As mentioned in the June Newsletter, employers, workers and governments from all over the world gathered at the largest ever online meeting to address the economic and social impact of Covid-19 and to look ahead to the recovery phase.
Regional discussions on policies and practices implemented by each region were followed by three global events with the participation of over 50 heads of States and governments, as well as high-level employers’ organisations and trade union leaders.
In particular, during the opening session of the Constituents’ day (the last day of the Summit, on 9 July 2020), Mr Mthunzi Mdwaba, IOE Vice-President to the ILO, highlighted that, in order to “build back better” or “build a better normal”: “it is time to think bold, different and, more importantly, think big. It is time to innovate new policy approaches, recommendations and processes. The core of this new future should be based on social dialogue and tripartism, which will also need to be realistic, innovative and forward looking – for indeed this bold new future will define our second centenary of existence”.
During Panel 1 on Covid-19 response to support full and productive employment and decent work for all, Renate Hornung-Draus (Managing Director, European and International Affairs (BDA) and IOE Regional Vice-President – Europe & Central Asia) explained: “The pandemic has shown everyone how important the private sector, how important SMEs, how important global supply chains are. Conducive environments for business are not an aim, but the basis for employment, growth and development. The former UN Secretary General Kofi Annan stated that ‘it is the absence of broad-based business activity, not its presence, that condemns much of humanity to suffering’. It is in this spirit that we need to rebuild our economies”.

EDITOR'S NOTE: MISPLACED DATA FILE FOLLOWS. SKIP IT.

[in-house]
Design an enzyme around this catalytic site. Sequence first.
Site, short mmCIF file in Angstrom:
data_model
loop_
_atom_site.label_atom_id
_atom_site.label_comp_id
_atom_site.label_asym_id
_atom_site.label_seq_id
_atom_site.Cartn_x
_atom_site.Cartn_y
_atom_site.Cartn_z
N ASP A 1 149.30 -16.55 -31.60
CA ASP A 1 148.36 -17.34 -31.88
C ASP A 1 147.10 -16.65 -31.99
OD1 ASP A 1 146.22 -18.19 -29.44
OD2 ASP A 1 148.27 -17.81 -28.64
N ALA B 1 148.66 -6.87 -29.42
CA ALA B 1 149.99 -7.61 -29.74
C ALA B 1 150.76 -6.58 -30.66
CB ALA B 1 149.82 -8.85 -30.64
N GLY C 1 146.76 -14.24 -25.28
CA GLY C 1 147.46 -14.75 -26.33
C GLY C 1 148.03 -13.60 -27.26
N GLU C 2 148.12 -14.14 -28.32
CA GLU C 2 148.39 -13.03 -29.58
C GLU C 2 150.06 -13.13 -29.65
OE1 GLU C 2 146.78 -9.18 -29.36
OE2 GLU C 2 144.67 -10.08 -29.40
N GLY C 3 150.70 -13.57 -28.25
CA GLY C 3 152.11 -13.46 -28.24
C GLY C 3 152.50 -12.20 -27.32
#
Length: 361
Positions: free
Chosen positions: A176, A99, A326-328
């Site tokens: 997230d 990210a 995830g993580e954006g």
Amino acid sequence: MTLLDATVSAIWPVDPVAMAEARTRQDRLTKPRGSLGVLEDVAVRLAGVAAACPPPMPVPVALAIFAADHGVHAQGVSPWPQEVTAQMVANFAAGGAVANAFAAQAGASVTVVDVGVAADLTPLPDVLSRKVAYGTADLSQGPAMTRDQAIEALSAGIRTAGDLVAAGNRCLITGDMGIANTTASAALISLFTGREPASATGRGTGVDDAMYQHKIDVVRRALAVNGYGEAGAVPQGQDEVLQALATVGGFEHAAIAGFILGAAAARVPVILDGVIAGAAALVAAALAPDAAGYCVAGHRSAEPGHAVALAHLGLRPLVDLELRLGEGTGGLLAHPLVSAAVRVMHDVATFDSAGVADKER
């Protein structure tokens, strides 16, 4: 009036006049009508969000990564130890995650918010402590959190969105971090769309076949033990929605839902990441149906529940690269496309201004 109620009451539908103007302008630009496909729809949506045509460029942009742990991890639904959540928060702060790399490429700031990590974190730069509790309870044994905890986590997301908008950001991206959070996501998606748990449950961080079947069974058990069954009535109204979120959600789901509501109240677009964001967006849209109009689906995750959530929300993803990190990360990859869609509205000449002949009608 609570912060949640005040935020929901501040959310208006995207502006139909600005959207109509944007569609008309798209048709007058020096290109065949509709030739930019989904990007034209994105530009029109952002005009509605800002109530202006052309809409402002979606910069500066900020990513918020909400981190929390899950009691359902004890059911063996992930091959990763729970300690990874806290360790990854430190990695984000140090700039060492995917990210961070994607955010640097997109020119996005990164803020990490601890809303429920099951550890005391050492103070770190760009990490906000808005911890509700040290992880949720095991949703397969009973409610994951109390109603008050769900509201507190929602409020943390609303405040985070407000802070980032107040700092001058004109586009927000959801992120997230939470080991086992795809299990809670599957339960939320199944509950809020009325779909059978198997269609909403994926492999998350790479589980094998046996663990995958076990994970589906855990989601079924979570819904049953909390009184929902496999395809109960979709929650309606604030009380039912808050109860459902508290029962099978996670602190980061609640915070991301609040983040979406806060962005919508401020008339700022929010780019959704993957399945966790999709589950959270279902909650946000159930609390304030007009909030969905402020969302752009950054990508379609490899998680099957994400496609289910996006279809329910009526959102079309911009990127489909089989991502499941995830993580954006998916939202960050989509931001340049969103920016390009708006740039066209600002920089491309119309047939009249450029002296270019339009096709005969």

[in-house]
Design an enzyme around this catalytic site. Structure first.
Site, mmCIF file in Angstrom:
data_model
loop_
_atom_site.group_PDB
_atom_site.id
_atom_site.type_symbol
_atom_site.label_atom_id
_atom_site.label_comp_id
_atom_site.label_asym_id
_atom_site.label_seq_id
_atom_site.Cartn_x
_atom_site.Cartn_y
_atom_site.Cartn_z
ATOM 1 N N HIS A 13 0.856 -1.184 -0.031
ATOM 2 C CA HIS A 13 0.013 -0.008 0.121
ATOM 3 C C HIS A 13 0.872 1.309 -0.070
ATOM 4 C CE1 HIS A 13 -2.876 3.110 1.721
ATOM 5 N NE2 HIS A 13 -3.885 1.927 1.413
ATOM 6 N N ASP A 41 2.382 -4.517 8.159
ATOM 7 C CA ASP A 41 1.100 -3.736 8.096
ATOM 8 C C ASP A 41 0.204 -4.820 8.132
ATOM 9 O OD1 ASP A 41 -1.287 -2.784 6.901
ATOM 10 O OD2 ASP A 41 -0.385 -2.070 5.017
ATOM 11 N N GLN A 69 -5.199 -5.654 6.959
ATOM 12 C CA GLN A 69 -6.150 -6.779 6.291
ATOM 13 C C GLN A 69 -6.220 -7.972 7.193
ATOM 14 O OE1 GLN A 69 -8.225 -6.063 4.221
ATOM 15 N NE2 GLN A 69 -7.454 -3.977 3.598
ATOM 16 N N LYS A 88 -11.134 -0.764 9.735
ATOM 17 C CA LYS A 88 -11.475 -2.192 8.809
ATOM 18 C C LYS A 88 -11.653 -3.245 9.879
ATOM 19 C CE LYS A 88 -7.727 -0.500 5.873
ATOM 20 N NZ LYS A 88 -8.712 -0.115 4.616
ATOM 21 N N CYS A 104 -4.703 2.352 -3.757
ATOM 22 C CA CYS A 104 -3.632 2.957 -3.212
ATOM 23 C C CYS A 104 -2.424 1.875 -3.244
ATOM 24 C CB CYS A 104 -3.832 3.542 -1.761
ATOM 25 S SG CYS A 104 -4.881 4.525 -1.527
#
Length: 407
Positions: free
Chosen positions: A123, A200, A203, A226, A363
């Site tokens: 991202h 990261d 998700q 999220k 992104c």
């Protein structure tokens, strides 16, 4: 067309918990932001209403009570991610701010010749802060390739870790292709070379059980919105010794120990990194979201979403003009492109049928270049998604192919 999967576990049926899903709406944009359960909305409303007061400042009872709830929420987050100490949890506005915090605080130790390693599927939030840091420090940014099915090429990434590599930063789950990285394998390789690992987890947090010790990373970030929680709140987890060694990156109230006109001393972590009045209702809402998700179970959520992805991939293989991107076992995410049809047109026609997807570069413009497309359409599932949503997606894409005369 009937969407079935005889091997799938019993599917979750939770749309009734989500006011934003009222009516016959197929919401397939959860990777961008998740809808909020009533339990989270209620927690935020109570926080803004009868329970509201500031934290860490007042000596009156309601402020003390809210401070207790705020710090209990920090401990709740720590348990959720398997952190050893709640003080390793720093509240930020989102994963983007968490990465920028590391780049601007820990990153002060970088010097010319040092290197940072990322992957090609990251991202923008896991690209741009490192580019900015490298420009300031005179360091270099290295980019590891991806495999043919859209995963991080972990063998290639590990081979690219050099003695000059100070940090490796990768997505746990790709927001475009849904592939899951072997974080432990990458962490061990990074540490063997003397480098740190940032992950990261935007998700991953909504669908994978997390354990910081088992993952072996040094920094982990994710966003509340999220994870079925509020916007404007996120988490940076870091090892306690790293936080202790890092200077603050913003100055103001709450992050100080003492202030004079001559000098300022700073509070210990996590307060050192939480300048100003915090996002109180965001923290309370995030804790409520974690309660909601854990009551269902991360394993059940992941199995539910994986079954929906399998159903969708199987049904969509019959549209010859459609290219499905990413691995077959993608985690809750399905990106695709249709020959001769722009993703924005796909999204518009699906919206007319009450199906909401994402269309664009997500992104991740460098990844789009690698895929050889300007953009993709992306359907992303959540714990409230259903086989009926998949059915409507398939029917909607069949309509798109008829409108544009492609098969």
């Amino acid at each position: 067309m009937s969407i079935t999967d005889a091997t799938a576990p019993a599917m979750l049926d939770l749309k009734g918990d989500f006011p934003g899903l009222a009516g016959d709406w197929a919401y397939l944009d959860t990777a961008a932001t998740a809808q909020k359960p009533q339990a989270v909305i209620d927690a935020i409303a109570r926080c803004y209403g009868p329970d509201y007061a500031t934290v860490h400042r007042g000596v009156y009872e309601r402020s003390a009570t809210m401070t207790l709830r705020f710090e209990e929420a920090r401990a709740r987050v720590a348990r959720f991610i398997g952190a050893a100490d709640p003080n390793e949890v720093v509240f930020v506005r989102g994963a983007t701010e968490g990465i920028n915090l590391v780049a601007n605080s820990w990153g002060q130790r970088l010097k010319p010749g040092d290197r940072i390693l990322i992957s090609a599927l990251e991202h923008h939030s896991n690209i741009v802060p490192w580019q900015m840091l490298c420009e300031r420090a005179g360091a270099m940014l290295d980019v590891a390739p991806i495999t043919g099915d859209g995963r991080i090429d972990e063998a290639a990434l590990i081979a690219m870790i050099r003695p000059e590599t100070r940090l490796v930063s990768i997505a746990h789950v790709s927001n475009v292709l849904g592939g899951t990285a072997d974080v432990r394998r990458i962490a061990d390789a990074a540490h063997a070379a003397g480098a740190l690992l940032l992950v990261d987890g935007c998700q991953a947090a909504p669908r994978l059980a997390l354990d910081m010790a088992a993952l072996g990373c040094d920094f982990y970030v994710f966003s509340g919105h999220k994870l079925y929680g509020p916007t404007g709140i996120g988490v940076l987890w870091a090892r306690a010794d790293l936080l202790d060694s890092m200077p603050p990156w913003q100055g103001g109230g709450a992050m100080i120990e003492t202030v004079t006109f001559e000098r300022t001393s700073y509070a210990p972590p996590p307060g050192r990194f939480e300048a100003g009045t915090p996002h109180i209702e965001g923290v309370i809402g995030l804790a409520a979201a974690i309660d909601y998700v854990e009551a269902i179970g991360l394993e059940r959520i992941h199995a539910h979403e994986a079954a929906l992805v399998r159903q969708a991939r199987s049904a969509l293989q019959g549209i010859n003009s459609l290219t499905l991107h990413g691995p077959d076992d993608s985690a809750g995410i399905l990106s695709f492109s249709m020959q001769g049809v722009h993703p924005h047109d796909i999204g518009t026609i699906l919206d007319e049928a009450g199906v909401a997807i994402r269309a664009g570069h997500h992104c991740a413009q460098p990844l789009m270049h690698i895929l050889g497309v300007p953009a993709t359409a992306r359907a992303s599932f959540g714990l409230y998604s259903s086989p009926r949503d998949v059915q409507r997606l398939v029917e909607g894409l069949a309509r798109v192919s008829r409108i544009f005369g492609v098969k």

Panel 2 on Covid-19 – the first shock: Tackling informality and gaps in social protection, was led by Guido Ricci, Legal Advisor from CACIF Guatemala. He focused on the challenges of informal workers and informal businesses, for themselves, for other businesses and for society as a whole. He emphasised that “we must be careful not to simplify informality as a socio-economic phenomenon. Not all informal sector workers are there for the same reasons. A few will be there by choice, seeking to avoid legal obligations; the vast majority will be moved by reasons such as lack of information, knowledge, resources, complicated regulations, bureaucratic barriers, costs associated with formality or weak or non-existent governance. […] We have to take advantage of the moment to solve once and for all the structural problem represented by informality. Innovative incentives must be implemented without delay, training and capacity building must be encouraged, taking advantage of the use of new technologies”.
In Panel 3 on Covid-19: Spotlight on most impacted sectors of economic activity and vulnerable populations, Mr M S Unnikrishnan – Chairman Confederation of Indian Industries (CII) National Committee on Industrial Relations & MD & CEO stated that “In the long term, the sectoral impact of the crisis remains to be uncertain and uneven across different sectors. Return to pre-crisis levels may not be observed until 2023 at best and structural issues could remain until 2030, unless policy makers adopt results-oriented policies now. A private sector led ‘sectoral approach’ is needed as industries have been hit in very different ways”.